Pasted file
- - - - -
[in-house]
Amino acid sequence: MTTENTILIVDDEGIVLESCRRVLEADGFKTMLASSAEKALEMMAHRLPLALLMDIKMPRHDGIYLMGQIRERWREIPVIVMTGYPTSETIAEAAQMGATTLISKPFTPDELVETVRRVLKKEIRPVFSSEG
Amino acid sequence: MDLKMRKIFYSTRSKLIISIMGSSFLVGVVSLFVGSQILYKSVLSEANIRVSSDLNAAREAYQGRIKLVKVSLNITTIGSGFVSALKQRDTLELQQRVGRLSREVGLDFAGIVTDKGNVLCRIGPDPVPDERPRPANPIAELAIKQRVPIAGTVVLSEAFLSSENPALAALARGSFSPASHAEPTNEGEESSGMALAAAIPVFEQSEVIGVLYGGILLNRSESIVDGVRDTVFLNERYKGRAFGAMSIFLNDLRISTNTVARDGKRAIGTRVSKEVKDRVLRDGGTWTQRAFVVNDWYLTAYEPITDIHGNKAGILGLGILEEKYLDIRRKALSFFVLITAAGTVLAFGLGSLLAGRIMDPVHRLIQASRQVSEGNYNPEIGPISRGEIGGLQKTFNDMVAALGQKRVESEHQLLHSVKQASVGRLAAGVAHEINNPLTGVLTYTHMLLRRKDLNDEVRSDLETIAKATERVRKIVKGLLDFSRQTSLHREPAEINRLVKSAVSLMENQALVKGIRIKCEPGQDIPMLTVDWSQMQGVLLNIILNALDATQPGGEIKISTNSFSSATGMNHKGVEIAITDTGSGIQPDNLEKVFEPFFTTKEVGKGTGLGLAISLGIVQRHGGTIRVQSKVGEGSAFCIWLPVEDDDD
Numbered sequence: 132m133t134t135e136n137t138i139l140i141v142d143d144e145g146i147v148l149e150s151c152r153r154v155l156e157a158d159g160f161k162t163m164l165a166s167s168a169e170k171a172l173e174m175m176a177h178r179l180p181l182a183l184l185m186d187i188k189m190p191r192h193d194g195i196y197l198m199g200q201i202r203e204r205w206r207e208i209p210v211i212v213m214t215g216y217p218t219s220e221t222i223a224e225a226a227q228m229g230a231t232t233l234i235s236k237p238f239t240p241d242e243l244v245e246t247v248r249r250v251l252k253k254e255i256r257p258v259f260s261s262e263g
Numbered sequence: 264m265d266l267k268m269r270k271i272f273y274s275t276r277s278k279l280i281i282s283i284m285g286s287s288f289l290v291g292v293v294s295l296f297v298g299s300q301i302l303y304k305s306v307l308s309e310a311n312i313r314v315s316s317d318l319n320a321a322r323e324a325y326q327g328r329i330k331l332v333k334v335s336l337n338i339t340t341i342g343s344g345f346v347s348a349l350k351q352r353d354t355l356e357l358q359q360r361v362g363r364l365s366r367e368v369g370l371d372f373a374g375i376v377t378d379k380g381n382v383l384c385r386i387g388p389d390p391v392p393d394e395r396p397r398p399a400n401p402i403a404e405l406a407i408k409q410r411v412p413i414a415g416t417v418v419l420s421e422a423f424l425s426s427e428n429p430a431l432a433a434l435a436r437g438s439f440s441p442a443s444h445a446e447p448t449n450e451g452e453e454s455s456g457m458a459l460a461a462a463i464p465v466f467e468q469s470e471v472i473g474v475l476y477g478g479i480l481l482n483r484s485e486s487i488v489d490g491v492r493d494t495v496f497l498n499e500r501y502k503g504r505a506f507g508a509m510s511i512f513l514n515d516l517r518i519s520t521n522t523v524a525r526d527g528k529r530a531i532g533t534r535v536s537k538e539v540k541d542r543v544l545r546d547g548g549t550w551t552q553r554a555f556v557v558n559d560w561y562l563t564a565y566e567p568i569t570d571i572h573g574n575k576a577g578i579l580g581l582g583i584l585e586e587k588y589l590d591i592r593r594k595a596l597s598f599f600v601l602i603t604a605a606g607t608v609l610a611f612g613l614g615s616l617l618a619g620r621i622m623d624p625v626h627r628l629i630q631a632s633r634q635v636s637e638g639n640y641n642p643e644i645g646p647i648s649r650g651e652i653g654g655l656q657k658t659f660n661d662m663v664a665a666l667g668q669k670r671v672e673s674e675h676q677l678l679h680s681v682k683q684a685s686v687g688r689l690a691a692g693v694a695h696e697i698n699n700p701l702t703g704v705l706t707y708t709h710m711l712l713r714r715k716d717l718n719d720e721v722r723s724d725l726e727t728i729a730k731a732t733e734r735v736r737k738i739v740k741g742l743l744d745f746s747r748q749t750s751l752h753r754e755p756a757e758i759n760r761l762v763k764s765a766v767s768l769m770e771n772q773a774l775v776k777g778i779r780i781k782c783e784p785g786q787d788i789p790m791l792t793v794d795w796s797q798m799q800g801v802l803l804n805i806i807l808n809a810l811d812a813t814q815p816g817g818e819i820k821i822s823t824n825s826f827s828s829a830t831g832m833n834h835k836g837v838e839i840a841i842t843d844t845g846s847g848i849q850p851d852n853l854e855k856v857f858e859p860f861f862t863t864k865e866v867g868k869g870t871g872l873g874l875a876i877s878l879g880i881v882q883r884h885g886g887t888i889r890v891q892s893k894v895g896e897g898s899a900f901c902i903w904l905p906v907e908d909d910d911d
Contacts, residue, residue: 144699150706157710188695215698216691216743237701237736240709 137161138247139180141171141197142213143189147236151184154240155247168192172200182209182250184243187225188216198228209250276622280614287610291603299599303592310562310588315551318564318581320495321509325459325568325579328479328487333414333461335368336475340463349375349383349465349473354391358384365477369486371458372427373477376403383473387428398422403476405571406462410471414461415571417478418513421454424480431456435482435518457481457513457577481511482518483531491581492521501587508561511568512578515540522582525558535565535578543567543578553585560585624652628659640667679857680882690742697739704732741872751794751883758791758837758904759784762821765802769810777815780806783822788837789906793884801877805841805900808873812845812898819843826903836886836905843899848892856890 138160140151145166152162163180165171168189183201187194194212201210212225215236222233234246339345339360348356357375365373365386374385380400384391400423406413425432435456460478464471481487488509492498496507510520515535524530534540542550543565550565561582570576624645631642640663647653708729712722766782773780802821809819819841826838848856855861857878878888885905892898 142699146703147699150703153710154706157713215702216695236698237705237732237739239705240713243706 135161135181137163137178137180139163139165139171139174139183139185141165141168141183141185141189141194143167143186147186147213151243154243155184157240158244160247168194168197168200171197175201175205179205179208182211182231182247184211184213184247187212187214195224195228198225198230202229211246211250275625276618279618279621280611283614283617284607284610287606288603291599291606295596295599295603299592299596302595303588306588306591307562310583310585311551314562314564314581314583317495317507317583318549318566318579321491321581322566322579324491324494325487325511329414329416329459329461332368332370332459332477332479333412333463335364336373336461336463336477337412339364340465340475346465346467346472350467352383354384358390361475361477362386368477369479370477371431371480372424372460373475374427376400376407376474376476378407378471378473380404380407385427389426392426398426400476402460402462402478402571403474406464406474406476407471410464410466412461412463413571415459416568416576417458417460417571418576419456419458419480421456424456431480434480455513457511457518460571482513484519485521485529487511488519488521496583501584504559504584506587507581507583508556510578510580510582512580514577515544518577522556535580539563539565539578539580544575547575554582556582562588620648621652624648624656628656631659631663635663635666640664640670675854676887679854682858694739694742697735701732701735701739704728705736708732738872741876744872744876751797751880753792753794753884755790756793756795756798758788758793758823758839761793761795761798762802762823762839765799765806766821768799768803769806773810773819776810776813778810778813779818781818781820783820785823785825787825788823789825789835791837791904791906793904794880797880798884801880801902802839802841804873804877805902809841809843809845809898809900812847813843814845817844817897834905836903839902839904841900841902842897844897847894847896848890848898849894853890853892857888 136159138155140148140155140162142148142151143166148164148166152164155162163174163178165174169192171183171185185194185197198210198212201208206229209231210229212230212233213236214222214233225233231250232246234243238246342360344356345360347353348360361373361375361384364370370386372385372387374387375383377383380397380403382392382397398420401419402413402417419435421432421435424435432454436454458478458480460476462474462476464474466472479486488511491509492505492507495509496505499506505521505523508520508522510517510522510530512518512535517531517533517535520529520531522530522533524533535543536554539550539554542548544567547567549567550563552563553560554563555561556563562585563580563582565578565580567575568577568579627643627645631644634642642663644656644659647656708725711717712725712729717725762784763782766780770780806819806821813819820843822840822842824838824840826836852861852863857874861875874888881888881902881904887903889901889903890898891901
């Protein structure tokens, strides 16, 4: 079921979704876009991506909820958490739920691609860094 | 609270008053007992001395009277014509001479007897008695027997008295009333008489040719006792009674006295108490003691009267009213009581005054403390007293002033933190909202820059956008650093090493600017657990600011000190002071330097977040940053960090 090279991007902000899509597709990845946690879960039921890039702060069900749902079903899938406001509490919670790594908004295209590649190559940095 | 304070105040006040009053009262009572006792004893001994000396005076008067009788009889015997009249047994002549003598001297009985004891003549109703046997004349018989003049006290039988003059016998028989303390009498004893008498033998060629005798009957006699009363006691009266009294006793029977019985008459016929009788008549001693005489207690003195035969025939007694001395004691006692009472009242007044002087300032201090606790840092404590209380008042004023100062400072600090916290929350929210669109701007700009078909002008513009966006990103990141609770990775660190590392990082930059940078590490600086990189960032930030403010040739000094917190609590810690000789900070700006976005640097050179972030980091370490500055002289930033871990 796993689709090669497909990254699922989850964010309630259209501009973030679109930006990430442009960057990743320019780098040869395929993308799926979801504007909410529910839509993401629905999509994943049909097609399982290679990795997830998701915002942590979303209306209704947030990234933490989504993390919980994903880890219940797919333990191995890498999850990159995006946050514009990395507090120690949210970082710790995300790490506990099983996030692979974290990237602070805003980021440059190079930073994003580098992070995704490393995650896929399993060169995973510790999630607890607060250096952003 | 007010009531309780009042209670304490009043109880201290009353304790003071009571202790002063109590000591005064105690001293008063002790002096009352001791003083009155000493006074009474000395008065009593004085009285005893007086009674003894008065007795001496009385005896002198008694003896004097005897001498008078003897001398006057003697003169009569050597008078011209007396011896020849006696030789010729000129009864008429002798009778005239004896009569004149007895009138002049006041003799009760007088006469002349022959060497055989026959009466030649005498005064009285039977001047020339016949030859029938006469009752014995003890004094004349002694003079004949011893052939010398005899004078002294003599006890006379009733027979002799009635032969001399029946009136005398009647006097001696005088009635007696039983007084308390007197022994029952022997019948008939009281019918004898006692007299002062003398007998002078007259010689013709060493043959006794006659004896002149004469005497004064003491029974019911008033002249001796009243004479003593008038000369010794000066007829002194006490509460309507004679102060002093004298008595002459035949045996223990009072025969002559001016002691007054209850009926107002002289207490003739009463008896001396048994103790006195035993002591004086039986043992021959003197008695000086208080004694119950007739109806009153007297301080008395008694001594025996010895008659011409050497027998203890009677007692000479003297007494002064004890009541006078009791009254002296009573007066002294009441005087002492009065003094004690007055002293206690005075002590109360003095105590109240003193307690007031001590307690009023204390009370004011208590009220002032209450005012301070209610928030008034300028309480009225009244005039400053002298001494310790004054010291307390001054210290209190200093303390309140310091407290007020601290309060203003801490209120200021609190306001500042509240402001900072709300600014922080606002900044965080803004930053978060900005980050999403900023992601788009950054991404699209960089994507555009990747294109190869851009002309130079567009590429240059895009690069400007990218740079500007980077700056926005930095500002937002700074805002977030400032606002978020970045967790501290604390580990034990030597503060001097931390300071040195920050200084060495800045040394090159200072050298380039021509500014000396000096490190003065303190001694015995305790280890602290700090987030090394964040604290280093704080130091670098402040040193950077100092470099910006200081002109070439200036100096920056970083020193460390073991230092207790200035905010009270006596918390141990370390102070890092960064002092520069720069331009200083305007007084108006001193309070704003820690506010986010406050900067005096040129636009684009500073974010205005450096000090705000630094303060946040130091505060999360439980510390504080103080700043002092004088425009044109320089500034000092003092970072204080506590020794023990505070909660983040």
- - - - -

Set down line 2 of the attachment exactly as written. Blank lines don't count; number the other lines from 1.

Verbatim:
Amino acid sequence: MTTENTILIVDDEGIVLESCRRVLEADGFKTMLASSAEKALEMMAHRLPLALLMDIKMPRHDGIYLMGQIRERWREIPVIVMTGYPTSETIAEAAQMGATTLISKPFTPDELVETVRRVLKKEIRPVFSSEG